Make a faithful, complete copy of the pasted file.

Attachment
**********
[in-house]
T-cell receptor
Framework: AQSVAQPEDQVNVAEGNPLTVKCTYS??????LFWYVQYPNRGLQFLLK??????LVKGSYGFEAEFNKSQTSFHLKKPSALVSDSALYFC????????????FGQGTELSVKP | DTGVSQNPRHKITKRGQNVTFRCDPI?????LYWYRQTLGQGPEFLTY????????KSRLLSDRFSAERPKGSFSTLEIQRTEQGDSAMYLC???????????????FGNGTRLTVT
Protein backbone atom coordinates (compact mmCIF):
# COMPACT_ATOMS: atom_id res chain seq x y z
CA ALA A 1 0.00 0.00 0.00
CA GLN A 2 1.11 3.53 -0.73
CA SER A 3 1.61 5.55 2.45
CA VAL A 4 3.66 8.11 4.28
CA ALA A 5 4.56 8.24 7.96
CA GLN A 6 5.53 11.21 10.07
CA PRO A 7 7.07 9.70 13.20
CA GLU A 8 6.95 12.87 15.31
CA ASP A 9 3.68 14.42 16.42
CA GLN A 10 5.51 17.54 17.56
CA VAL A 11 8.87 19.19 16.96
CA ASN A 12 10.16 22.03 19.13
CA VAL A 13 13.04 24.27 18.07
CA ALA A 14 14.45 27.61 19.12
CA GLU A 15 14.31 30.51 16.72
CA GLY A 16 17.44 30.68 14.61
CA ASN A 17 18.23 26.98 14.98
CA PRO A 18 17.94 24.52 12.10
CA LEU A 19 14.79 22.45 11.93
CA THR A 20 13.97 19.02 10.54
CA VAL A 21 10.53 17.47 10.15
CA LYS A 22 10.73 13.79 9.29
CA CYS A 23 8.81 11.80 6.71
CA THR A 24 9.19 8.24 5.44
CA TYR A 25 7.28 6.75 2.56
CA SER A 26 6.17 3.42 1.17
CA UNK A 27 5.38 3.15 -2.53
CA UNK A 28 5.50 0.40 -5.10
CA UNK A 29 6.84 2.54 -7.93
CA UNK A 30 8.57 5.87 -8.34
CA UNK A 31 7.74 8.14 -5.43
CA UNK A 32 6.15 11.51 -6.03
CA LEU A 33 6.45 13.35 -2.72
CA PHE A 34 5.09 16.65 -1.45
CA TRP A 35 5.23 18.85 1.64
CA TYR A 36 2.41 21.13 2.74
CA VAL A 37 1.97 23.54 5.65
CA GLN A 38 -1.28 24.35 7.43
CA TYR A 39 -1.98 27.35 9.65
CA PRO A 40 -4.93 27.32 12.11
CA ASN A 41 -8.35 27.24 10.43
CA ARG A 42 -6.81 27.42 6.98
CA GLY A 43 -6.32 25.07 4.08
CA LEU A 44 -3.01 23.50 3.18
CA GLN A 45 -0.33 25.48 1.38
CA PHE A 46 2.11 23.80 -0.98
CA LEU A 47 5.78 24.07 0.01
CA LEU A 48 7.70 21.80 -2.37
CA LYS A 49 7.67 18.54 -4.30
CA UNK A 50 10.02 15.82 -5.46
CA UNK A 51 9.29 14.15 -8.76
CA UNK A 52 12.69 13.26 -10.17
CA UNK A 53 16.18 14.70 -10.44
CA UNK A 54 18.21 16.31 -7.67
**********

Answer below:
[in-house]
T-cell receptor
Framework: AQSVAQPEDQVNVAEGNPLTVKCTYS??????LFWYVQYPNRGLQFLLK??????LVKGSYGFEAEFNKSQTSFHLKKPSALVSDSALYFC????????????FGQGTELSVKP | DTGVSQNPRHKITKRGQNVTFRCDPI?????LYWYRQTLGQGPEFLTY????????KSRLLSDRFSAERPKGSFSTLEIQRTEQGDSAMYLC???????????????FGNGTRLTVT
Protein backbone atom coordinates (compact mmCIF):
# COMPACT_ATOMS: atom_id res chain seq x y z
CA ALA A 1 0.00 0.00 0.00
CA GLN A 2 1.11 3.53 -0.73
CA SER A 3 1.61 5.55 2.45
CA VAL A 4 3.66 8.11 4.28
CA ALA A 5 4.56 8.24 7.96
CA GLN A 6 5.53 11.21 10.07
CA PRO A 7 7.07 9.70 13.20
CA GLU A 8 6.95 12.87 15.31
CA ASP A 9 3.68 14.42 16.42
CA GLN A 10 5.51 17.54 17.56
CA VAL A 11 8.87 19.19 16.96
CA ASN A 12 10.16 22.03 19.13
CA VAL A 13 13.04 24.27 18.07
CA ALA A 14 14.45 27.61 19.12
CA GLU A 15 14.31 30.51 16.72
CA GLY A 16 17.44 30.68 14.61
CA ASN A 17 18.23 26.98 14.98
CA PRO A 18 17.94 24.52 12.10
CA LEU A 19 14.79 22.45 11.93
CA THR A 20 13.97 19.02 10.54
CA VAL A 21 10.53 17.47 10.15
CA LYS A 22 10.73 13.79 9.29
CA CYS A 23 8.81 11.80 6.71
CA THR A 24 9.19 8.24 5.44
CA TYR A 25 7.28 6.75 2.56
CA SER A 26 6.17 3.42 1.17
CA UNK A 27 5.38 3.15 -2.53
CA UNK A 28 5.50 0.40 -5.10
CA UNK A 29 6.84 2.54 -7.93
CA UNK A 30 8.57 5.87 -8.34
CA UNK A 31 7.74 8.14 -5.43
CA UNK A 32 6.15 11.51 -6.03
CA LEU A 33 6.45 13.35 -2.72
CA PHE A 34 5.09 16.65 -1.45
CA TRP A 35 5.23 18.85 1.64
CA TYR A 36 2.41 21.13 2.74
CA VAL A 37 1.97 23.54 5.65
CA GLN A 38 -1.28 24.35 7.43
CA TYR A 39 -1.98 27.35 9.65
CA PRO A 40 -4.93 27.32 12.11
CA ASN A 41 -8.35 27.24 10.43
CA ARG A 42 -6.81 27.42 6.98
CA GLY A 43 -6.32 25.07 4.08
CA LEU A 44 -3.01 23.50 3.18
CA GLN A 45 -0.33 25.48 1.38
CA PHE A 46 2.11 23.80 -0.98
CA LEU A 47 5.78 24.07 0.01
CA LEU A 48 7.70 21.80 -2.37
CA LYS A 49 7.67 18.54 -4.30
CA UNK A 50 10.02 15.82 -5.46
CA UNK A 51 9.29 14.15 -8.76
CA UNK A 52 12.69 13.26 -10.17
CA UNK A 53 16.18 14.70 -10.44
CA UNK A 54 18.21 16.31 -7.67